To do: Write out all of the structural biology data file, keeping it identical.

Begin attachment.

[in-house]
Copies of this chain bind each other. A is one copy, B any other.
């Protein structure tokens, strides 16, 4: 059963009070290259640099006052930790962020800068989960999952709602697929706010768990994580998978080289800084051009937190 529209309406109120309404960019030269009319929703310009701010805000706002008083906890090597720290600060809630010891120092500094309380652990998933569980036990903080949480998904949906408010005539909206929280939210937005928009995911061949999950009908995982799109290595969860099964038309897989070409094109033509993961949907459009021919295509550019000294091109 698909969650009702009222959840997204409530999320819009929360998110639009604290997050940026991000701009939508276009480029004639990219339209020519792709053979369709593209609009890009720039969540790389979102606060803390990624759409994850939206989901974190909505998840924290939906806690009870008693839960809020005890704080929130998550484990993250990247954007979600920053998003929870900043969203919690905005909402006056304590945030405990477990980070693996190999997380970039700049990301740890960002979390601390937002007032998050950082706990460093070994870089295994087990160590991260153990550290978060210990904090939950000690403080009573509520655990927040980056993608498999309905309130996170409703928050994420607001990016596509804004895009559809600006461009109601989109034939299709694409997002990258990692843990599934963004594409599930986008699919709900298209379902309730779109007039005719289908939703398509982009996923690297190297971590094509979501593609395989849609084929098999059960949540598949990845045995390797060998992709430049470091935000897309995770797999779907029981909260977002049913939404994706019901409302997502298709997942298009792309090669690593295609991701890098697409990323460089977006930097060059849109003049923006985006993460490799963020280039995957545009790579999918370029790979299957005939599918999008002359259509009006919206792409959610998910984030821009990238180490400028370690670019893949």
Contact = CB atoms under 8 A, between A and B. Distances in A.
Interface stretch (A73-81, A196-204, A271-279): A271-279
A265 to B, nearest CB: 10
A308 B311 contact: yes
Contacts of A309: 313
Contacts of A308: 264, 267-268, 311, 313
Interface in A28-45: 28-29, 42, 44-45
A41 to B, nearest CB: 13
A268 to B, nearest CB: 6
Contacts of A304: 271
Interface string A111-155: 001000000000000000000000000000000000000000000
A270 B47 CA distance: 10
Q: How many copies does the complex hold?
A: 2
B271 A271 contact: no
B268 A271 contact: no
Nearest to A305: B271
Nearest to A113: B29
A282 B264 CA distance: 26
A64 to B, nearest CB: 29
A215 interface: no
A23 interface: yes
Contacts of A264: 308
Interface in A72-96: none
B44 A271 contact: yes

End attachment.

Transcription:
[in-house]
Copies of this chain bind each other. A is one copy, B any other.
């Protein structure tokens, strides 16, 4: 059963009070290259640099006052930790962020800068989960999952709602697929706010768990994580998978080289800084051009937190 529209309406109120309404960019030269009319929703310009701010805000706002008083906890090597720290600060809630010891120092500094309380652990998933569980036990903080949480998904949906408010005539909206929280939210937005928009995911061949999950009908995982799109290595969860099964038309897989070409094109033509993961949907459009021919295509550019000294091109 698909969650009702009222959840997204409530999320819009929360998110639009604290997050940026991000701009939508276009480029004639990219339209020519792709053979369709593209609009890009720039969540790389979102606060803390990624759409994850939206989901974190909505998840924290939906806690009870008693839960809020005890704080929130998550484990993250990247954007979600920053998003929870900043969203919690905005909402006056304590945030405990477990980070693996190999997380970039700049990301740890960002979390601390937002007032998050950082706990460093070994870089295994087990160590991260153990550290978060210990904090939950000690403080009573509520655990927040980056993608498999309905309130996170409703928050994420607001990016596509804004895009559809600006461009109601989109034939299709694409997002990258990692843990599934963004594409599930986008699919709900298209379902309730779109007039005719289908939703398509982009996923690297190297971590094509979501593609395989849609084929098999059960949540598949990845045995390797060998992709430049470091935000897309995770797999779907029981909260977002049913939404994706019901409302997502298709997942298009792309090669690593295609991701890098697409990323460089977006930097060059849109003049923006985006993460490799963020280039995957545009790579999918370029790979299957005939599918999008002359259509009006919206792409959610998910984030821009990238180490400028370690670019893949």
Contact = CB atoms under 8 A, between A and B. Distances in A.
Interface stretch (A73-81, A196-204, A271-279): A271-279
A265 to B, nearest CB: 10
A308 B311 contact: yes
Contacts of A309: 313
Contacts of A308: 264, 267-268, 311, 313
Interface in A28-45: 28-29, 42, 44-45
A41 to B, nearest CB: 13
A268 to B, nearest CB: 6
Contacts of A304: 271
Interface string A111-155: 001000000000000000000000000000000000000000000
A270 B47 CA distance: 10
Q: How many copies does the complex hold?
A: 2
B271 A271 contact: no
B268 A271 contact: no
Nearest to A305: B271
Nearest to A113: B29
A282 B264 CA distance: 26
A64 to B, nearest CB: 29
A215 interface: no
A23 interface: yes
Contacts of A264: 308
Interface in A72-96: none
B44 A271 contact: yes